Horsemanship Jr. - Preliminary Skills - Chapter Two continued

in #bit4 years ago (edited)


Halters are used when you are leading or grooming your horse.

Bridles are for riding as they give the rider more control over the horse. Bridles can be fitted with ‘bits’ and we will begin to examine the Curb bit, the Snaffle bit, and the Hackamore - used in place of a bit. You will see below the ways in which a bit is used to control the horse.

NOTE: The bit has many parts to it. It is not just the metal bar (mouthpiece) that goes in the horse’s mouth. Besides the bits discussed here, there are many more types of bits on the market.

A Bridle fit with a Curb bit:

The Curb bit is attached to two shanks, which are metal sidepieces. It will be explained below how these two shanks allow the rider to exert pressure several places on the horse’s head. The horse feels this pressure over the entire shank area. The longer the shank, the more pressure is exerted.

These two shanks have a ring at the top of each shank and the headstall and curb chain (or curb strap) of the bridle are attached to these rings.

These shanks also have a ring at the bottom of each shank and the reins are attached to these rings. It is important to understand that these shanks act as levers. When the rider pulls up and back on the reins, the shanks exert force or pressure. This force or pressure is called leverage. Here is how this leverage or pressure is felt by the horse:
First, the horse will feel pressure under the chin from the curb strap (or curb chain) of the bridle.

Second, the horse will feel pressure on the roof of the mouth or the tongue, depending on the type of mouthpiece. A straight mouthpiece will exert pressure on the roof of the mouth. A mouthpiece with a joint in the middle will exert pressure on the tongue.

Third, the horse will feel pressure on his poll (the highest point on the top of the head). This pressure will be from the crownpiece of the bridle headstall.

The rider has greater control over the horse because of the bit, but it is not necessary to pull too forcefully as the shank will provide the pressure as above to alert the horse. The horse knows that the rider wants something from him, and this will be a perfect time to teach the horse a command. This is part of the communication and understanding that will develop between the rider and horse.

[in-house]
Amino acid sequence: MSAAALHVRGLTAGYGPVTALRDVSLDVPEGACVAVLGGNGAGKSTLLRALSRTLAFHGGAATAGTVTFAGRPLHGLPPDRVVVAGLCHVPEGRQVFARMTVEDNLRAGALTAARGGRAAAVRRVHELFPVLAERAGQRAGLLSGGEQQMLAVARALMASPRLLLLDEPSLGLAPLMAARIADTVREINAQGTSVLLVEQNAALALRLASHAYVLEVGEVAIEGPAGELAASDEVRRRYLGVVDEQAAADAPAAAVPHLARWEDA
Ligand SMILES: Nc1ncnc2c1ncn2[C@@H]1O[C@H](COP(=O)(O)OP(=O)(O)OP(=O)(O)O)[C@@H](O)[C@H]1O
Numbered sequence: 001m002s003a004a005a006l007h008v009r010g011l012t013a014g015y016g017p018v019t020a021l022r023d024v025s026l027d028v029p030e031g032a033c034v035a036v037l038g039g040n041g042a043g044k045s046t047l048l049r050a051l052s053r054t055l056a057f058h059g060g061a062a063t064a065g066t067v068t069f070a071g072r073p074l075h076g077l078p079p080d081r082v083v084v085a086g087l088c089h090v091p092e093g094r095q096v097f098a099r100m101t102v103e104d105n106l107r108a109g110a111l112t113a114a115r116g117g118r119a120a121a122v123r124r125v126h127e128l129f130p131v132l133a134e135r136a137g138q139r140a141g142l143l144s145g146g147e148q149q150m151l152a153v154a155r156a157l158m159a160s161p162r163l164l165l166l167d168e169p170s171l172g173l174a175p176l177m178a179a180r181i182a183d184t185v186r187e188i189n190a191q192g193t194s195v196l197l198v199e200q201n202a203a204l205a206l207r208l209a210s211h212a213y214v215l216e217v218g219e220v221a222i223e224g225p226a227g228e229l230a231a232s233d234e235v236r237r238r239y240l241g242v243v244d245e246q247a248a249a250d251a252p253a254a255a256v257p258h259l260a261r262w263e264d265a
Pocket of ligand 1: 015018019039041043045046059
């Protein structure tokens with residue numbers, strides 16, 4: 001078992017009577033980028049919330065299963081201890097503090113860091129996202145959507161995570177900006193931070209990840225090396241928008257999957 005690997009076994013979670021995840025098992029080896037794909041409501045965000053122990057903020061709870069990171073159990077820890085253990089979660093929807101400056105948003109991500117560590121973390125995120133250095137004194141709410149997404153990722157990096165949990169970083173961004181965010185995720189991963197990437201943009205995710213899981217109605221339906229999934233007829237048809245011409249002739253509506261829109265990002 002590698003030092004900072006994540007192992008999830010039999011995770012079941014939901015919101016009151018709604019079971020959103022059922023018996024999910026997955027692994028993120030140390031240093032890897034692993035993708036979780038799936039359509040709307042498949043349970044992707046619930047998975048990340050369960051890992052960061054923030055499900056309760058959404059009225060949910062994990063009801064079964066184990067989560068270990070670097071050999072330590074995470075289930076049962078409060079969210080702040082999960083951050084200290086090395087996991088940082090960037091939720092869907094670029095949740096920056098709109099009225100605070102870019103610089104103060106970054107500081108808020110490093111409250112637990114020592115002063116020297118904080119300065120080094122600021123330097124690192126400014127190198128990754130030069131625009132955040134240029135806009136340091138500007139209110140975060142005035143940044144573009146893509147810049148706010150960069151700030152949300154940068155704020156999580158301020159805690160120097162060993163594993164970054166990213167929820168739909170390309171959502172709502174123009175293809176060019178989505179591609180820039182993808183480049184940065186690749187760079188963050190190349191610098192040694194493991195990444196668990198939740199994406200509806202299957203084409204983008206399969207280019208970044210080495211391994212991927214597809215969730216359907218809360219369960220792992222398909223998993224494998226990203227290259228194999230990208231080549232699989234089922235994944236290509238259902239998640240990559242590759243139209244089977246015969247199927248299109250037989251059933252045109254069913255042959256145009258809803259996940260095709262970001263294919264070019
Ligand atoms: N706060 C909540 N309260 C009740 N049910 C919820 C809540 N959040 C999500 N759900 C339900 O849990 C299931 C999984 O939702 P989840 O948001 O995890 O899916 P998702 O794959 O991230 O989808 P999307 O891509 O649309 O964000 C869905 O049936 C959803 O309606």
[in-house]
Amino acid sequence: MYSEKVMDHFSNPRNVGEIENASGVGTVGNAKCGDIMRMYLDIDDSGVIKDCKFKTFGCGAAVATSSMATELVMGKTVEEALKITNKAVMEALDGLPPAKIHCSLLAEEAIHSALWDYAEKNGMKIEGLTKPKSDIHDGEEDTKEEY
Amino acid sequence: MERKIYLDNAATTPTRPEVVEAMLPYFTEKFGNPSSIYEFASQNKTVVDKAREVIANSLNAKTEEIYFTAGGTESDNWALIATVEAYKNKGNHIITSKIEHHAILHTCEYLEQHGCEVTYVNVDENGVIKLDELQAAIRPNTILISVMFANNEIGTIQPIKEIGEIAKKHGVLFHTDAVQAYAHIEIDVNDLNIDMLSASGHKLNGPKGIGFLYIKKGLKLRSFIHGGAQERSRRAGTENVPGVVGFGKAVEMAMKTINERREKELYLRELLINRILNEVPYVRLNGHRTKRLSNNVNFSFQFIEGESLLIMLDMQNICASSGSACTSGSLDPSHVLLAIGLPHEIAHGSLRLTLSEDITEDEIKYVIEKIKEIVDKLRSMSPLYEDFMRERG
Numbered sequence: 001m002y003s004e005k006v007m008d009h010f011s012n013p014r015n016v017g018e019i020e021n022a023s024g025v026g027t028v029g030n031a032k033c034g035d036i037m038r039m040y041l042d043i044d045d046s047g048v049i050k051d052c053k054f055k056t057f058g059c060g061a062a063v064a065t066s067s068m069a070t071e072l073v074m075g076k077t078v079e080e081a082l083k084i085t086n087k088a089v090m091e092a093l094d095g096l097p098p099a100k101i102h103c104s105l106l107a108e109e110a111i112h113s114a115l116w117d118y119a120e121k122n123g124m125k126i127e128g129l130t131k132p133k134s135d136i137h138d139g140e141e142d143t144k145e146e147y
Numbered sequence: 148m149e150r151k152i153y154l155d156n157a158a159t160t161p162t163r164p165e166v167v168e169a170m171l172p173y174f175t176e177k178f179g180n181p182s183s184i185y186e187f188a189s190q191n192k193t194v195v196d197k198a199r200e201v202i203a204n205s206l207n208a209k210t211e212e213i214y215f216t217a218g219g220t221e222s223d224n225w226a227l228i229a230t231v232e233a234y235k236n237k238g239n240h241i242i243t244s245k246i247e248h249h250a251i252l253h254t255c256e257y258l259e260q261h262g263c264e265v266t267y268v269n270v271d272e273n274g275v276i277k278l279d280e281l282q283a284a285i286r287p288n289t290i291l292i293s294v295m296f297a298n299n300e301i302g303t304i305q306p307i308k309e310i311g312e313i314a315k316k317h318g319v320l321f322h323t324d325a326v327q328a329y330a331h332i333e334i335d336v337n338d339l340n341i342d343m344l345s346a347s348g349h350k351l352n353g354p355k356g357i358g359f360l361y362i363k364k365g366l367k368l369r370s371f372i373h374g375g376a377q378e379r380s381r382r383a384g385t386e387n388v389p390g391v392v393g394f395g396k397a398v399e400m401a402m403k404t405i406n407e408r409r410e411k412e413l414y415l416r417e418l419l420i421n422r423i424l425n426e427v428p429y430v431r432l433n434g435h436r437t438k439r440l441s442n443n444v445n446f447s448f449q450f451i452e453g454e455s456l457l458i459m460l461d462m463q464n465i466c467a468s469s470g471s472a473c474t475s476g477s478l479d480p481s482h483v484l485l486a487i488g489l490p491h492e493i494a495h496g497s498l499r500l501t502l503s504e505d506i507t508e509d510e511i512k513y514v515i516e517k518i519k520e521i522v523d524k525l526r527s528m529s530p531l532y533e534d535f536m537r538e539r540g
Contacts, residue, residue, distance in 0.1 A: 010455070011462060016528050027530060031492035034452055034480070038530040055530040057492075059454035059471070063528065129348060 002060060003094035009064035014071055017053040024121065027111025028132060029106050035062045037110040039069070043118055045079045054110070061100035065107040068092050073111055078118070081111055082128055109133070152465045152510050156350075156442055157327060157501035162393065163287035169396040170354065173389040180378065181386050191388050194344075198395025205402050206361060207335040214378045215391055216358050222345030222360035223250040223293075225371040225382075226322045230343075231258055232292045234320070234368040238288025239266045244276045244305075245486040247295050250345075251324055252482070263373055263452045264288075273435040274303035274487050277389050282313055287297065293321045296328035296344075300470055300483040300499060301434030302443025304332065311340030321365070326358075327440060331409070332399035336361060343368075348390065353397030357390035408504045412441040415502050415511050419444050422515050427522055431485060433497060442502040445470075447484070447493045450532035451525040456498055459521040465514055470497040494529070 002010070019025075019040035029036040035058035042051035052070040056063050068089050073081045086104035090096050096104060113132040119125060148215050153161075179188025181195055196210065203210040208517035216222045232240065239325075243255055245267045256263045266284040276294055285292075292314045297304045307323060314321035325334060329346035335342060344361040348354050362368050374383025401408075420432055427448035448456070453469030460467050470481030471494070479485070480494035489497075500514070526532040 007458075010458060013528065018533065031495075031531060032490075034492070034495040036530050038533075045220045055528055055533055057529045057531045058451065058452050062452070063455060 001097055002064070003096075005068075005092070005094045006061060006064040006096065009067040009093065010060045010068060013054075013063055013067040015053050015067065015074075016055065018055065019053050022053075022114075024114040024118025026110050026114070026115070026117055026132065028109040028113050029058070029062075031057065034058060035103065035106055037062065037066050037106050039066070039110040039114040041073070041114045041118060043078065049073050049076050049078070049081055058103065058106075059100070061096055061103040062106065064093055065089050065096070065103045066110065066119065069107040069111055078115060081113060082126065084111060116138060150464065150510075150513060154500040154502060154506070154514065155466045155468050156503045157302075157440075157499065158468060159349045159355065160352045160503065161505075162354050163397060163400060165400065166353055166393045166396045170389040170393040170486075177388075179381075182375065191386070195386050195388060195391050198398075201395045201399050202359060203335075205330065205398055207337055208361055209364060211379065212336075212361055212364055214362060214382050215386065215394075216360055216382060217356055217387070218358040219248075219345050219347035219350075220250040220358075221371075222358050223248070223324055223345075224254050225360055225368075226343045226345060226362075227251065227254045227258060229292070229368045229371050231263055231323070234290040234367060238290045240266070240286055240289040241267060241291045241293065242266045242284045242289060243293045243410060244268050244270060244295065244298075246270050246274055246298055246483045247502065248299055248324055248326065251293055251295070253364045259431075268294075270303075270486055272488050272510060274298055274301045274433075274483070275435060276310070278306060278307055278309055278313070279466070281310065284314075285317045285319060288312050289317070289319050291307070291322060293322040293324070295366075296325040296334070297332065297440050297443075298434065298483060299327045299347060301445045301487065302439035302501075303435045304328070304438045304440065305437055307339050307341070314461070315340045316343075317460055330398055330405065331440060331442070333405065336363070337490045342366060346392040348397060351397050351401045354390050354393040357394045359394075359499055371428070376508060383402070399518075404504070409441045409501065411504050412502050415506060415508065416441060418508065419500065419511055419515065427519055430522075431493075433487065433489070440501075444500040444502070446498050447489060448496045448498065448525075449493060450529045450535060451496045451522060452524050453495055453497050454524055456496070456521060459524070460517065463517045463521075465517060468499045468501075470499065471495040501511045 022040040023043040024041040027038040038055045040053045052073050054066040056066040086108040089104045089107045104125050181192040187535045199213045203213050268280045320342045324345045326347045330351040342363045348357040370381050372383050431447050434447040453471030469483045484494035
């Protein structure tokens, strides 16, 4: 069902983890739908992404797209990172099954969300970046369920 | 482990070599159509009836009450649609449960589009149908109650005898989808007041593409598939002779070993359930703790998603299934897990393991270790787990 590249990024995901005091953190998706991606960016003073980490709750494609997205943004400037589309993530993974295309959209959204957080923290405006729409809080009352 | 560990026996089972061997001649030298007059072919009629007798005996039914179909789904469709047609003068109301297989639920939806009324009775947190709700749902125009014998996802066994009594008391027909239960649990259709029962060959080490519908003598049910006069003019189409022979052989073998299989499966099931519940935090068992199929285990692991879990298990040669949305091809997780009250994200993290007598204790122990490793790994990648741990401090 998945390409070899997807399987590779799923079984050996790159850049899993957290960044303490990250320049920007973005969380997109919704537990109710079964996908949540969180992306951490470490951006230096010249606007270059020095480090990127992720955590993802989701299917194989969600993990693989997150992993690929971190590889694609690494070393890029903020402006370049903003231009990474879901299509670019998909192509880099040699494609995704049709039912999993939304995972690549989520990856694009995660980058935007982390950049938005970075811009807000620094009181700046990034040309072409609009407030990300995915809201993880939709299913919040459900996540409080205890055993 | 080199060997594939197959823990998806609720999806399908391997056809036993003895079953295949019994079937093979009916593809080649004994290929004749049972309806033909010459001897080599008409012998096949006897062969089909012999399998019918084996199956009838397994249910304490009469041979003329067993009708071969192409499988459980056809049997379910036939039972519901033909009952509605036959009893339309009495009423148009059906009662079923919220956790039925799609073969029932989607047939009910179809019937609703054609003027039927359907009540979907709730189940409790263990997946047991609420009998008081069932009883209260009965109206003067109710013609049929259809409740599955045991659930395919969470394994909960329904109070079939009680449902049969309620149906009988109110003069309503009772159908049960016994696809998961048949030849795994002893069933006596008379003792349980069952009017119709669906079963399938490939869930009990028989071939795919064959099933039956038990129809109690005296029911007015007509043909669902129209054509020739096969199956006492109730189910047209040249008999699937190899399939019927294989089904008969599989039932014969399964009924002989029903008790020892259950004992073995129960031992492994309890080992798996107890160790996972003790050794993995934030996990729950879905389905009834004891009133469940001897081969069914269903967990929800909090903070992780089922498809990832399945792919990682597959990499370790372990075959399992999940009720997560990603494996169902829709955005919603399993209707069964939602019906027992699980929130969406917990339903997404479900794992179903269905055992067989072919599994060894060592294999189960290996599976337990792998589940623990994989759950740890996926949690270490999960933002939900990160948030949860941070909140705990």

If your horse has not experienced a bit, it can be difficult for the horse to accept. Give your horse plenty of time and plenty of trials and let him know you are not in any hurry. Do not have too heavy a hand on your reins. Remember the shanks will exert pressure and you want to make sure the horse is not frightened or hurt by the bit.

A Bridle fit with a Snaffle bit:

On the Snaffle bit the rein connects directly to the mouth of the horse. So that if you pull on the rein there is direct pressure on the corner of the lips, the bars (1) of the mouth, and the tongue. This is direct pressure on the mouth of the horse.

A single joint is the most common mouthpiece for the snaffle. A jointed Snaffle bit lets you talk to one side of the horse’s mouth.

There are No shanks on the snaffle bit.

There is a possibility of the bars (1) in the horse’s mouth being damaged with the Snaffle bit. If this is a problem with your horse, you can switch to the Hackamore.

A Bridle fit with a Hackamore:

A Hackamore can be used in place of a bit on the bridle.

The Hackamore goes around the horse’s nose and is used to control the horse without placing a bit in its mouth.

The Hackamore makes contact with the lower jaw. It will not damage that area. This will be a great alternative if the bars in a horse’s mouth have been damaged by the snaffle bit.

Bits can cause pain and damage to a horse’s mouth if they are used too harshly. Constantly check your horse’s mouth to make sure the bit is not causing damage. Also watch your horse as he reacts to your pressure commands. Your horse understands not only commands, but also kindness. Remember he wants to understand and please you, but he can’t when he is frightened or in pain.

If you are riding someone’s older horse, they may not use a bit. The horse is so well trained he doesn’t need it.

  1. The bars of the mouth (smooth areas with no teeth) are found behind the canine teeth.
    Following are all the teeth in a horse’s mouth
    The incisor front teeth form a curved area in the front of the mouth – 5 uppers 5 lowers
    Behind the incisors, one on each side, are the canine teeth – 1 upper each side – 1 lower each side.
    Behind the canines are the bars of the mouth which are smooth areas with no teeth.
    Behind the bars are the rear molars

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